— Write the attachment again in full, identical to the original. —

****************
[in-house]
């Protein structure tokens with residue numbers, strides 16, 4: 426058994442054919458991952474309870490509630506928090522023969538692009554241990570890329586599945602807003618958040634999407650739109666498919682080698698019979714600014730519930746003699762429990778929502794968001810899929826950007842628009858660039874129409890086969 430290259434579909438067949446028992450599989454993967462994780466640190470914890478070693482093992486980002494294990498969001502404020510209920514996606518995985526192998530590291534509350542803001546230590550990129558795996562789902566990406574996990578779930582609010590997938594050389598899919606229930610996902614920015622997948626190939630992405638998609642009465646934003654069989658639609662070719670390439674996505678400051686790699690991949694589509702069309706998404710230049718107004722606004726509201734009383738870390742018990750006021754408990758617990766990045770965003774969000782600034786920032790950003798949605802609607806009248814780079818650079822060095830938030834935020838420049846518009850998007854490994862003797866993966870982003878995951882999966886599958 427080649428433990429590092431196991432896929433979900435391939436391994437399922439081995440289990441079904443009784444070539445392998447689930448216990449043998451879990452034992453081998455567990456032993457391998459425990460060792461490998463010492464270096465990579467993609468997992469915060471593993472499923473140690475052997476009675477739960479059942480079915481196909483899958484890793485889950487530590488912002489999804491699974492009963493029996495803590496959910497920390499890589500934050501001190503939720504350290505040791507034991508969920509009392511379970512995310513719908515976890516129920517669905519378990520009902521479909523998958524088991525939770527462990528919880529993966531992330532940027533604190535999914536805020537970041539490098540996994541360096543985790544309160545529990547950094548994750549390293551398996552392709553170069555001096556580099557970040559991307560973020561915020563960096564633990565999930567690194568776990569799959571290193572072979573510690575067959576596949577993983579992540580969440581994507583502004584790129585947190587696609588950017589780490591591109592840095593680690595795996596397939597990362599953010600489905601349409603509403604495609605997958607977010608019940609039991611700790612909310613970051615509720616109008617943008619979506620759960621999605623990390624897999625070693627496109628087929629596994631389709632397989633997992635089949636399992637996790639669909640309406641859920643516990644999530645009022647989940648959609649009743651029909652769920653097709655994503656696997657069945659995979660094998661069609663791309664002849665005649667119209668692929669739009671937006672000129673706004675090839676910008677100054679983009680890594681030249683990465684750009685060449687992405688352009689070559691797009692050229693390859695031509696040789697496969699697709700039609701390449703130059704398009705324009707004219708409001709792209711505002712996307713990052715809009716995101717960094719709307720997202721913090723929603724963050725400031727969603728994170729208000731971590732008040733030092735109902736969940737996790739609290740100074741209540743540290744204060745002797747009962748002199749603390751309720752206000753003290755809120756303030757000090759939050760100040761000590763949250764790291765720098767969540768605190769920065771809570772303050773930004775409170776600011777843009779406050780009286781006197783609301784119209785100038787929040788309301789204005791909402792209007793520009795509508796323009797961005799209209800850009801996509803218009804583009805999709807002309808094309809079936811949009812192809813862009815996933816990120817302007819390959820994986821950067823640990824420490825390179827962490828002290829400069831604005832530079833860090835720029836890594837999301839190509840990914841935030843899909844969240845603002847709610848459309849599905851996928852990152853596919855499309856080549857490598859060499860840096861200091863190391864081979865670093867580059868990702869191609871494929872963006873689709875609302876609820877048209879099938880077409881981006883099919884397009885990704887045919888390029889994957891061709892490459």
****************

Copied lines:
[in-house]
């Protein structure tokens with residue numbers, strides 16, 4: 426058994442054919458991952474309870490509630506928090522023969538692009554241990570890329586599945602807003618958040634999407650739109666498919682080698698019979714600014730519930746003699762429990778929502794968001810899929826950007842628009858660039874129409890086969 430290259434579909438067949446028992450599989454993967462994780466640190470914890478070693482093992486980002494294990498969001502404020510209920514996606518995985526192998530590291534509350542803001546230590550990129558795996562789902566990406574996990578779930582609010590997938594050389598899919606229930610996902614920015622997948626190939630992405638998609642009465646934003654069989658639609662070719670390439674996505678400051686790699690991949694589509702069309706998404710230049718107004722606004726509201734009383738870390742018990750006021754408990758617990766990045770965003774969000782600034786920032790950003798949605802609607806009248814780079818650079822060095830938030834935020838420049846518009850998007854490994862003797866993966870982003878995951882999966886599958 427080649428433990429590092431196991432896929433979900435391939436391994437399922439081995440289990441079904443009784444070539445392998447689930448216990449043998451879990452034992453081998455567990456032993457391998459425990460060792461490998463010492464270096465990579467993609468997992469915060471593993472499923473140690475052997476009675477739960479059942480079915481196909483899958484890793485889950487530590488912002489999804491699974492009963493029996495803590496959910497920390499890589500934050501001190503939720504350290505040791507034991508969920509009392511379970512995310513719908515976890516129920517669905519378990520009902521479909523998958524088991525939770527462990528919880529993966531992330532940027533604190535999914536805020537970041539490098540996994541360096543985790544309160545529990547950094548994750549390293551398996552392709553170069555001096556580099557970040559991307560973020561915020563960096564633990565999930567690194568776990569799959571290193572072979573510690575067959576596949577993983579992540580969440581994507583502004584790129585947190587696609588950017589780490591591109592840095593680690595795996596397939597990362599953010600489905601349409603509403604495609605997958607977010608019940609039991611700790612909310613970051615509720616109008617943008619979506620759960621999605623990390624897999625070693627496109628087929629596994631389709632397989633997992635089949636399992637996790639669909640309406641859920643516990644999530645009022647989940648959609649009743651029909652769920653097709655994503656696997657069945659995979660094998661069609663791309664002849665005649667119209668692929669739009671937006672000129673706004675090839676910008677100054679983009680890594681030249683990465684750009685060449687992405688352009689070559691797009692050229693390859695031509696040789697496969699697709700039609701390449703130059704398009705324009707004219708409001709792209711505002712996307713990052715809009716995101717960094719709307720997202721913090723929603724963050725400031727969603728994170729208000731971590732008040733030092735109902736969940737996790739609290740100074741209540743540290744204060745002797747009962748002199749603390751309720752206000753003290755809120756303030757000090759939050760100040761000590763949250764790291765720098767969540768605190769920065771809570772303050773930004775409170776600011777843009779406050780009286781006197783609301784119209785100038787929040788309301789204005791909402792209007793520009795509508796323009797961005799209209800850009801996509803218009804583009805999709807002309808094309809079936811949009812192809813862009815996933816990120817302007819390959820994986821950067823640990824420490825390179827962490828002290829400069831604005832530079833860090835720029836890594837999301839190509840990914841935030843899909844969240845603002847709610848459309849599905851996928852990152853596919855499309856080549857490598859060499860840096861200091863190391864081979865670093867580059868990702869191609871494929872963006873689709875609302876609820877048209879099938880077409881981006883099919884397009885990704887045919888390029889994957891061709892490459």